Whether you’re filling cracks in a foundation or connecting pre-cast concrete sections, the grout you use plays a pivotal role in the success of your project. And that grout starts with mixing.

Grout is finicky. It requires the right mixing technique and the right amount of ingredients to create the bonding properties you need it to have. The common myths below are ones that are important to address with your team before gearing up for your project.

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Top Common Myths About Mixing Grout

1. Old grout powder is still okay to use.

You might be tempted to use a bucket of grout powder that’s been sitting in the warehouse for months when you just need to mix a little more. But over time, powder that wasn’t sealed correctly could now have moisture in it that will affect how it mixes and bonds. Stick with new grout powder or powder that’s been re-sealed in a way to prevent moisture and other contaminants.

2. Additives are just extra expenses.

Not all applications require grout additives, like those that prevent mildew or enhance the grout’s color, but some do benefit from an additive. Although they’ll cost more money, the investment is worth it to get a high-end outcome for projects that require additives.

3. You only need the exact amount you plan to use.

Having extra grout on hand beyond the exact amount you think you’ll need for a project is a must. Depending on weather and temperature conditions, grout can mix and set a bit differently in one application than another, making it possible that you’ll need more than you intended.

Plus, mistakes can always happen during mixing. It’s always a good idea to have more grout powder than what you deem necessary, just to make sure you’re covered.

4. Water and grout temperature aren’t important.

A cementitious grout’s instructions specify the ideal temperature of the grout and water you should use to mix it with. In most cases, cool to warm water and grout are best. These temperatures will allow the mixture to be workable for a while without setting too quickly.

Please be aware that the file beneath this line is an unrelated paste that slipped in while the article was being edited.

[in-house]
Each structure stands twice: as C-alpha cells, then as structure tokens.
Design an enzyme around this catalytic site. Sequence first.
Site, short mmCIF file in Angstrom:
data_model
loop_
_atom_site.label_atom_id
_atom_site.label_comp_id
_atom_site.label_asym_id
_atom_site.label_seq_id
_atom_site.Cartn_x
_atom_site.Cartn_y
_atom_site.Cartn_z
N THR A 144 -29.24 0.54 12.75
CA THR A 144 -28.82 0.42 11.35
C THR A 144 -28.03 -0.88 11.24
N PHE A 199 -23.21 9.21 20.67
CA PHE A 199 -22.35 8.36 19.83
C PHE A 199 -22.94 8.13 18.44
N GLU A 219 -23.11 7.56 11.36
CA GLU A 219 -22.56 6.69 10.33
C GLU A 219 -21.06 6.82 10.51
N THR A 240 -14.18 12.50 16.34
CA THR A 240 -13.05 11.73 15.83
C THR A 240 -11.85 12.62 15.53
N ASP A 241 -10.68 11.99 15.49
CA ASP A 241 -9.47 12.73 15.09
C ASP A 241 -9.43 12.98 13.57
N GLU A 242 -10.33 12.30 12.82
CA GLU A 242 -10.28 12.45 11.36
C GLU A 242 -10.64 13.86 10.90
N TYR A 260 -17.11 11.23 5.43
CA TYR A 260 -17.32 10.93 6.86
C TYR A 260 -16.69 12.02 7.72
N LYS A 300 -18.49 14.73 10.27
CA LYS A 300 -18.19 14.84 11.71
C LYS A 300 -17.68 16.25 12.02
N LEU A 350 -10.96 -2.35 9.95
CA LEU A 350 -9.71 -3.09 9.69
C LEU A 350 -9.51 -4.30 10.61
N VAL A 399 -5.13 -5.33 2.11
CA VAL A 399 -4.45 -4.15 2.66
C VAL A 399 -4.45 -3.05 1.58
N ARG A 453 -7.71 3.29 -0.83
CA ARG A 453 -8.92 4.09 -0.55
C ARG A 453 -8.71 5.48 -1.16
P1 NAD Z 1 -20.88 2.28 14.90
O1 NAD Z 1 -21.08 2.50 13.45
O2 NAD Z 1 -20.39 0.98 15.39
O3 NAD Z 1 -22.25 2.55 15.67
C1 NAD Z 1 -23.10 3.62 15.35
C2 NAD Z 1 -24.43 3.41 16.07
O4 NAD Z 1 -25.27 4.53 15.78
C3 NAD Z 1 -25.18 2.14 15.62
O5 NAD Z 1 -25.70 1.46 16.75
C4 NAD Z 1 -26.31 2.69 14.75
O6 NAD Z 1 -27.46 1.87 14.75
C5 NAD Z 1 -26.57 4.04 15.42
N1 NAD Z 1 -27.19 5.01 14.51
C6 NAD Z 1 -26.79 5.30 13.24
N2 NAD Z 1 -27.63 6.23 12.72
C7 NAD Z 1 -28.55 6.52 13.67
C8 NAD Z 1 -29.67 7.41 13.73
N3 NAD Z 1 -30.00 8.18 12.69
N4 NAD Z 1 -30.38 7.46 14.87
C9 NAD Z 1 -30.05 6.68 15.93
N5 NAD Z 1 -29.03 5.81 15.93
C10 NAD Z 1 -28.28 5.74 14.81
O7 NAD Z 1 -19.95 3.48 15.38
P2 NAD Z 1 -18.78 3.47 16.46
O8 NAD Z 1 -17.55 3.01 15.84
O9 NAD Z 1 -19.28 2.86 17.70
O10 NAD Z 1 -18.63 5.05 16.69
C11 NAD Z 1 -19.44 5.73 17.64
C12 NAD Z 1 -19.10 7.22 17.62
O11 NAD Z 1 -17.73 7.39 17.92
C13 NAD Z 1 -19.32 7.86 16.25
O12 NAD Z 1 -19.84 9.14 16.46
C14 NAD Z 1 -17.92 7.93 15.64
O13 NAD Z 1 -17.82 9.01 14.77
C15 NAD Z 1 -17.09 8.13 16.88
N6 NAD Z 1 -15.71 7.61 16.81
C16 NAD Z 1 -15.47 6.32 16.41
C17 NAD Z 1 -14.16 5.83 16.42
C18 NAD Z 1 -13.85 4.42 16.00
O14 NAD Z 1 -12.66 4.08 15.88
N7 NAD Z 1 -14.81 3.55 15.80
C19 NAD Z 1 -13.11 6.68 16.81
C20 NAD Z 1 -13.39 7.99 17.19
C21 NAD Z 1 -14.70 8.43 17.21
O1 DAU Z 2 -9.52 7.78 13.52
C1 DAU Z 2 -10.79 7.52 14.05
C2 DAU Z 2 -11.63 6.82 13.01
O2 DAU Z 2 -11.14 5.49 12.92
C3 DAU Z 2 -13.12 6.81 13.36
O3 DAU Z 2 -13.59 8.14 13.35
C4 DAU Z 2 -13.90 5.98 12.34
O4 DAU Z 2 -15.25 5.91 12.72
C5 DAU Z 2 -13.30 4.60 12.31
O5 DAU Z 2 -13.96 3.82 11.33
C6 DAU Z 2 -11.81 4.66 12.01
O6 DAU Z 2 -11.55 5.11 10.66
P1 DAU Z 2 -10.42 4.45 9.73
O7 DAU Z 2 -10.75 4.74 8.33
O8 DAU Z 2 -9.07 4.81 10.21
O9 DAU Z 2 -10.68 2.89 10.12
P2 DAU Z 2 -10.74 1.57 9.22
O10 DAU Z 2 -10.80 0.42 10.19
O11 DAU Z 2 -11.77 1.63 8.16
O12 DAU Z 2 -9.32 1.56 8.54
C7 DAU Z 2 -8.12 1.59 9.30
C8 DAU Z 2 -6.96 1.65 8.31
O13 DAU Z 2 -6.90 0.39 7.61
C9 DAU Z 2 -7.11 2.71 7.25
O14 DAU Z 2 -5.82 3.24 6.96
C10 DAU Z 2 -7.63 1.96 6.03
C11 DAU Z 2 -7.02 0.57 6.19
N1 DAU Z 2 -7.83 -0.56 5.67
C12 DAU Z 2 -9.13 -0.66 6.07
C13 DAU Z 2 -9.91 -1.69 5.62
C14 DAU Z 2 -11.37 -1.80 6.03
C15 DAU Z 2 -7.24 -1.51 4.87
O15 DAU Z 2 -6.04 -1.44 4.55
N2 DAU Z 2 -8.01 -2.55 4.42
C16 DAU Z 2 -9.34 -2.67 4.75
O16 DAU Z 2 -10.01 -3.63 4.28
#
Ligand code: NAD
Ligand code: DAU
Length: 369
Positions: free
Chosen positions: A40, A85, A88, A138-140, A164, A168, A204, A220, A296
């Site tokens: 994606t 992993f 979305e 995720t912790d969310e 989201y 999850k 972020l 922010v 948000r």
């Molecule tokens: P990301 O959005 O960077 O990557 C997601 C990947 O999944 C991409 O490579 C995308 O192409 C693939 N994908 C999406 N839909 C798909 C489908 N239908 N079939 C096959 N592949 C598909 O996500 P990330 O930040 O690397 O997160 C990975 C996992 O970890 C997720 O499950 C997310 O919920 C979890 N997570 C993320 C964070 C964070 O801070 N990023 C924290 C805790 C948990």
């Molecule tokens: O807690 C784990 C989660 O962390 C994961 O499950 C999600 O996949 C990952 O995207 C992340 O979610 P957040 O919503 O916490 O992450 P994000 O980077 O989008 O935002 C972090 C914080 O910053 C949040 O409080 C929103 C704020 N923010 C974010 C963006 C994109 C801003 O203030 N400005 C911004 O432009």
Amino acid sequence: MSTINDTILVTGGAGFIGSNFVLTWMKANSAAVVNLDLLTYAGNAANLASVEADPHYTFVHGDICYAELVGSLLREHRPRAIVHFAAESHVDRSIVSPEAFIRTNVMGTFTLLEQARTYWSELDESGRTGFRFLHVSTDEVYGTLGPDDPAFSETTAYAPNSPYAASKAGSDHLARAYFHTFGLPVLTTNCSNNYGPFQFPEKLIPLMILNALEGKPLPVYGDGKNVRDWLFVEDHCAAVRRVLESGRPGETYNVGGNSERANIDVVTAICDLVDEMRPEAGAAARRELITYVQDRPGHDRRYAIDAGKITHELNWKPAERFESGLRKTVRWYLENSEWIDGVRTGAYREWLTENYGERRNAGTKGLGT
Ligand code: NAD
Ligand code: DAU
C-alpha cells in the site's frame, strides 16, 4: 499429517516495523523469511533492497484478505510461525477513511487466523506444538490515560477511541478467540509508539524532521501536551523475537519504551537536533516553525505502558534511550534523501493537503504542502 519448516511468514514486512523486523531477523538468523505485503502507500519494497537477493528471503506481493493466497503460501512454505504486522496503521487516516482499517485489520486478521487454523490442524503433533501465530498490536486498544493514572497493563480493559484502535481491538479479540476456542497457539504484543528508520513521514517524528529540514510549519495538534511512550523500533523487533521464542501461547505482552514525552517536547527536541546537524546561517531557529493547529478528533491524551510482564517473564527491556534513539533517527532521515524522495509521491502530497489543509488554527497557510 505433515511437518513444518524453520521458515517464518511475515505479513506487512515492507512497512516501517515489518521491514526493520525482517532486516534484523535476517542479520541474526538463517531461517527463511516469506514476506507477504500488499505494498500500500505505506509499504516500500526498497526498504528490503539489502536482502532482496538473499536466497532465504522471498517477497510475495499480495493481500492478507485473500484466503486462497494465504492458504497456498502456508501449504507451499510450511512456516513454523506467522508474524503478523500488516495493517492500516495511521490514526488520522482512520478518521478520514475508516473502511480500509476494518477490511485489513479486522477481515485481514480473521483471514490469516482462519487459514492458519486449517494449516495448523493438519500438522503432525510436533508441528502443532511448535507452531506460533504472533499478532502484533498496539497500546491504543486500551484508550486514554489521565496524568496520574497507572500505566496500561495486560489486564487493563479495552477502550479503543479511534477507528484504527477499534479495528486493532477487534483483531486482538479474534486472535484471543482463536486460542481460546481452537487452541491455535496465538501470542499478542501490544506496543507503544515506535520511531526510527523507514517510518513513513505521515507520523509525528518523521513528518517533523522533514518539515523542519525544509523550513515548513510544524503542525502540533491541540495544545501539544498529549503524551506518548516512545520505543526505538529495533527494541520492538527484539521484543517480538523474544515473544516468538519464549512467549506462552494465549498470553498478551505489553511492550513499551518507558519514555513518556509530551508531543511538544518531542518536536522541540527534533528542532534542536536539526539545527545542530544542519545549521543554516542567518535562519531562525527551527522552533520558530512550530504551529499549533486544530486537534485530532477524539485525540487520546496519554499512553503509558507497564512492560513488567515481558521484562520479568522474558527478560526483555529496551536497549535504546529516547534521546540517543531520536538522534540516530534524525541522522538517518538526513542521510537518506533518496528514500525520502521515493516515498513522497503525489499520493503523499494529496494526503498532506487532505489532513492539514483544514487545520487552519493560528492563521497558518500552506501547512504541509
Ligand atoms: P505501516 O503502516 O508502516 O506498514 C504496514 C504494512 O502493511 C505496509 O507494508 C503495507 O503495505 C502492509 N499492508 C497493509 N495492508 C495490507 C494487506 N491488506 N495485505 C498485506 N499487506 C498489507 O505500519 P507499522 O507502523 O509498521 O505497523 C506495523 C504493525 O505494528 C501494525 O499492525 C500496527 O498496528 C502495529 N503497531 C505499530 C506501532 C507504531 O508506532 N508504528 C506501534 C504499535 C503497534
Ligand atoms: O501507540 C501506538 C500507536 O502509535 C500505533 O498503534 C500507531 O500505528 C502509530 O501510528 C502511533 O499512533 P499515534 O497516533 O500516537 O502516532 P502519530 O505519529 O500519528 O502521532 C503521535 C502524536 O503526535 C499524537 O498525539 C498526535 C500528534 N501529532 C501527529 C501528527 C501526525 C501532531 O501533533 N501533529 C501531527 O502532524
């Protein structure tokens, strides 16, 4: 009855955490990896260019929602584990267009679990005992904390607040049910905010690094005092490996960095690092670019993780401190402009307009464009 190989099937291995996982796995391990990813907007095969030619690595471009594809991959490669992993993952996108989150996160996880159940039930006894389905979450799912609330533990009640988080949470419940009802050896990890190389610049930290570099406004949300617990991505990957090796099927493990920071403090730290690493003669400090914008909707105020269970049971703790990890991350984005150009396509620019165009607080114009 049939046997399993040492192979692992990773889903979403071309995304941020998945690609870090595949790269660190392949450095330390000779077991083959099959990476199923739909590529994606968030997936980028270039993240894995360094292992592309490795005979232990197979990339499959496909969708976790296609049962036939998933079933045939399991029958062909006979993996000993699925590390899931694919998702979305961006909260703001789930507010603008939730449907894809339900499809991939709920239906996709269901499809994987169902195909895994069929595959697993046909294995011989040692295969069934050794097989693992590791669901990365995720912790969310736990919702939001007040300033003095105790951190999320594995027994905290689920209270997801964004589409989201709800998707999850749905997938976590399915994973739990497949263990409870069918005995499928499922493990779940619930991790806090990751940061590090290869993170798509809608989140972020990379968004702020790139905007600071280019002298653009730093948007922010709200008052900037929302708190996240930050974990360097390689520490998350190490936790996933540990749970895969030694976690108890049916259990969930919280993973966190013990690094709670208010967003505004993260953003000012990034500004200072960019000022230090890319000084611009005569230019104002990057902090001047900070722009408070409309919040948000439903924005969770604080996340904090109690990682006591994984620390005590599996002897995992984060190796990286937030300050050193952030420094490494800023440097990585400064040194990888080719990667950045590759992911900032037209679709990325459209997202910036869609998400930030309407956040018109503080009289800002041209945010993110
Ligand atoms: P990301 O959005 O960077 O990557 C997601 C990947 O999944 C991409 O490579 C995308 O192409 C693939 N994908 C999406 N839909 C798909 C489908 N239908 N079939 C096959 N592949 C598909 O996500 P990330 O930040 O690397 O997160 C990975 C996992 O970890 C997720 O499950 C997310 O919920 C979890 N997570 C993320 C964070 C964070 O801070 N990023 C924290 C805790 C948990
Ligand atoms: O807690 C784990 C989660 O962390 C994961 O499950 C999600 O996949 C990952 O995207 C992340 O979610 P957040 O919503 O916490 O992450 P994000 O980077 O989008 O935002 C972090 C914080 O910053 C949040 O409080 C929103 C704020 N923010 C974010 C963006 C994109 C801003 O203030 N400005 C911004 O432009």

grout water temperature

5. The type of water isn’t important either.

Always use clean water to mix your cementitious grout for the best results. Try to avoid water that has contaminants, looks or smells dirty, or has a high amount of minerals, all of which may affect the functionality of the final mixture.

6. If you’ve done it once, you know how to do it again.

Not all grout is the same, so it’s vital that you read the instructions of the grout you use to ensure a proper mix. This is especially true if you’re mixing a type of grout that you’re not used to working with, as epoxy and cementitious grouts mix much differently.

7. High speed mixing is better.

Mixing grout at high speeds introduces heat to the mixture, effectively changing its composition. The idea is to maintain the temperature of the grout and water as indicated in your grout’s instructions, so stick with a low-speed mixing drill or grout knife to mix.

gout mixing speed

8. It doesn’t matter how you mix.

If you do use a drill to mix your grout, avoid moving it around or up and down. Extra movements can bring air bubbles into your mixture, affecting its ability to bond and cure correctly. Again, the instructions should give some pointers of the best way to mix your specific solution.

9. Adding more water for consistency is fine.

Never add more water than what the directions indicate to mix your grout. It might be tempting to add a bit more to make it easier to mix or prevent it from curing too fast, but extra water interferes with a grout’s chemical composition. Too much water may render it useless.

grout consistency

10. You can mix full bags of grout at one time.

It’s a good idea to mix small amounts of grout at a time, especially if you’re not going to be able to use a full bag before it begins to cure. Mix only what you need for each stage of the project.

mixing multiple bags of grout

11. You can use the mixture right away.

Slaking is the process of allowing grout to rest so that the water you mixed into it can fully permeate the powder. This is a necessary step you won’t want to skip to ensure that your grout reaches the right chemical composition and consistency. Allow your grout to slake for about five minutes before using it.

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